The Senate committee hearing on the Single Disciplinary Body (SDB) legislation provided advice association representatives with a prime opportunity to air some of the industry's biggest grievances over the past few years (you can read more about it here).
Fortuitously, discussions during the hearing also suggested there might be some scope to amend the legislation so as to address some of these concerns. Well, at least in some areas - one imminent worry for many advice businesses is what they're going to be charged for the ASIC levy in 2022, and as we've seen before, the regulator's initial estimates aren't always the most reliable way to budget for next year's costs.
These concerns are especially relevant in the midst of the Better Advice Bill going through the Senate, because the legislation necessitates an expansion (or at least reorganisation) of ASIC's responsibilities - which one would assume carries associated costs that will inevitably be charged to advisers under the industry funding model. As ASIC commissioner Danielle Press has previously explained, it's basic, "mechanical" maths: whatever ASIC spends on regulating an industry each year is then recovered from that industry.
For this reason, the costs of ASIC operating the SDB were highlighted during the hearing as a potential issue for advisers. AFA acting CEO Phil Anderson, for example, said that this year's levy hike meant it was "critical that the cost of the SDB is carefully considered and controlled," adding that, once again, no regulatory impact statement accompanies legislation that could have a material impact on advice businesses' bottom line.
Whatever those costs might be, Anderson recommended that "any revenue raised through the application of infringement notices should offset the cost of the single disciplinary body rather than being paid into Consolidated Revenue." This, of course, refers to one of the biggest criticisms of the original industry funding legislation, which is that the regular fines and penalties ASIC recovers throughout the year aren't offset against the levies advisers pay.
While that legislation was outside of the Senate committee's purview, one might hope that - at the very least - there'd be some further clarity on how much the SDB will actually cost for ASIC to operate. Based on ASIC's comments during the hearing, though, it's still up in the air.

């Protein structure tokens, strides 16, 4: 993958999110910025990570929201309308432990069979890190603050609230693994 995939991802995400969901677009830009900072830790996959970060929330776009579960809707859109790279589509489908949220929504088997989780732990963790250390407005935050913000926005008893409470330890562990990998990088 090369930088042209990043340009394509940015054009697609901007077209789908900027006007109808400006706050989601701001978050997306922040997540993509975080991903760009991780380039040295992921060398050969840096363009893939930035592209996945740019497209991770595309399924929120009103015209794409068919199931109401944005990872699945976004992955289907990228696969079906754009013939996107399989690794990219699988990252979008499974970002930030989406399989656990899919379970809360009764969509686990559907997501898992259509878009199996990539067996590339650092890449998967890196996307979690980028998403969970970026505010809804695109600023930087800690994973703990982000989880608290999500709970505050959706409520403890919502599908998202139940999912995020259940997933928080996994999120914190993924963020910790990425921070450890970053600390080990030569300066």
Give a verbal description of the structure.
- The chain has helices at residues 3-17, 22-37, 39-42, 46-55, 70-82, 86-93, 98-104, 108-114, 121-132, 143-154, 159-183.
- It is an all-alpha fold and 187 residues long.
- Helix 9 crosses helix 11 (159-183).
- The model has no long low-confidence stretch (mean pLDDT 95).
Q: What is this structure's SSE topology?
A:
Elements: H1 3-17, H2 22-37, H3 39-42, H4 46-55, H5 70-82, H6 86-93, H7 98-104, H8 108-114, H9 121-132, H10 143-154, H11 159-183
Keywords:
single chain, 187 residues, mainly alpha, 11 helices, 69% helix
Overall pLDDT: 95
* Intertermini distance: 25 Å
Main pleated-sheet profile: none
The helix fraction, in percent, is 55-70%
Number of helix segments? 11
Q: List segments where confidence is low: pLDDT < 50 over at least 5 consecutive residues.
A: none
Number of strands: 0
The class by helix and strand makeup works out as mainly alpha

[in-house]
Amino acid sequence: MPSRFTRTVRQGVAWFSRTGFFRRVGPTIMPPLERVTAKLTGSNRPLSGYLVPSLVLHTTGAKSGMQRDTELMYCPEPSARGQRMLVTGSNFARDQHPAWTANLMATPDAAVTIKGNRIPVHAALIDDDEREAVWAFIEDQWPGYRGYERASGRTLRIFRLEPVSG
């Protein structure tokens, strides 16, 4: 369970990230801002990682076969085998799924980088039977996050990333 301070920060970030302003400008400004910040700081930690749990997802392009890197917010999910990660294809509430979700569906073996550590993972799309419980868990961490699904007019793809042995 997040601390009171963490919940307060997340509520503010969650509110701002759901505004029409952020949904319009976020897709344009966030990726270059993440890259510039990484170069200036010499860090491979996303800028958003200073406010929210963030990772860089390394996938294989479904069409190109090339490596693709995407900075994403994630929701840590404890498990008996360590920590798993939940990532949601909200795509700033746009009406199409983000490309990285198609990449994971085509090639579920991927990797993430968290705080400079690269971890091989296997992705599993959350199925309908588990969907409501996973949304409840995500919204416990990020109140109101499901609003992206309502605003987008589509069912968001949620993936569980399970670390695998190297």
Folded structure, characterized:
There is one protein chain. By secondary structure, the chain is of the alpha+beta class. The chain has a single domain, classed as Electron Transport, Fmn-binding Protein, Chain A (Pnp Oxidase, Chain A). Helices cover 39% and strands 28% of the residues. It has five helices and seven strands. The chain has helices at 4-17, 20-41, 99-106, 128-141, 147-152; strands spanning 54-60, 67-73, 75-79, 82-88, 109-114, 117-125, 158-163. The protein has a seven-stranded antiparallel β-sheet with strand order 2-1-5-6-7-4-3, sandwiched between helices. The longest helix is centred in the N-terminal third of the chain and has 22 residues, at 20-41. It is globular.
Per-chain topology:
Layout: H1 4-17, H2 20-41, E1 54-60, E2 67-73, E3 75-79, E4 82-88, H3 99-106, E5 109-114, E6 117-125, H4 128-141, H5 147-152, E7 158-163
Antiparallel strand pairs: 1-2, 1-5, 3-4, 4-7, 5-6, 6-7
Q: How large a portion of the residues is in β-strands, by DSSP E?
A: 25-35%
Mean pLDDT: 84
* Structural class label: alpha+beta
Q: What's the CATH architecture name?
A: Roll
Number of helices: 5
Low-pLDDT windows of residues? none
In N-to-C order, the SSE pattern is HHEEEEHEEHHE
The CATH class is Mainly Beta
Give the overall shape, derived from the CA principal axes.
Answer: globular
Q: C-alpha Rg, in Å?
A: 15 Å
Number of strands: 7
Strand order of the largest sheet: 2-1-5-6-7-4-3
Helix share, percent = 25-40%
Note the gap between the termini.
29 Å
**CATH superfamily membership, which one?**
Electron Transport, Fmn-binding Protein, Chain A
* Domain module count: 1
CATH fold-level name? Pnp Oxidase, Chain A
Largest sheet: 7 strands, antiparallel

An open question
When asked about the regulator's resourcing to implement the SDB legislation, ASIC financial advisers senior specialist Martin Stockfield said it was "difficult for us to estimate the exact level of resources" because "we don't yet know exactly how many matters and what sort of matters we will necessarily be referring to the panel."
Although ASIC hasn't received any extra funding to implement the Better Advice legislation - funding that former chair James Shipton indicated would be the primary driver of a levy increase next year - the regulator didn't rule out new costs for advisers.
"To the extent that this bill may mean that ASIC will spend more of its resources on the financial advice population," ASIC financial services and wealth executive director Joanne Bird explained, "then the financial advice population will pay more under the industry-funding model."
How much more? No one knows - not even ASIC. As Senator Rex Patrick put it, "we're going into this a little bit blind," adding that "there are questions as to why Treasury haven't provided the necessary details or, indeed, the regulation impact statements."
There are definitely questions. The first stage of the SDB legislation is set to commence on January 1st and there's still very little concrete information on what that's actually going to cost in terms of industry levies.
For those advice businesses trying to plan out their 2022 expenses, a little clarity from Government is well overdue.
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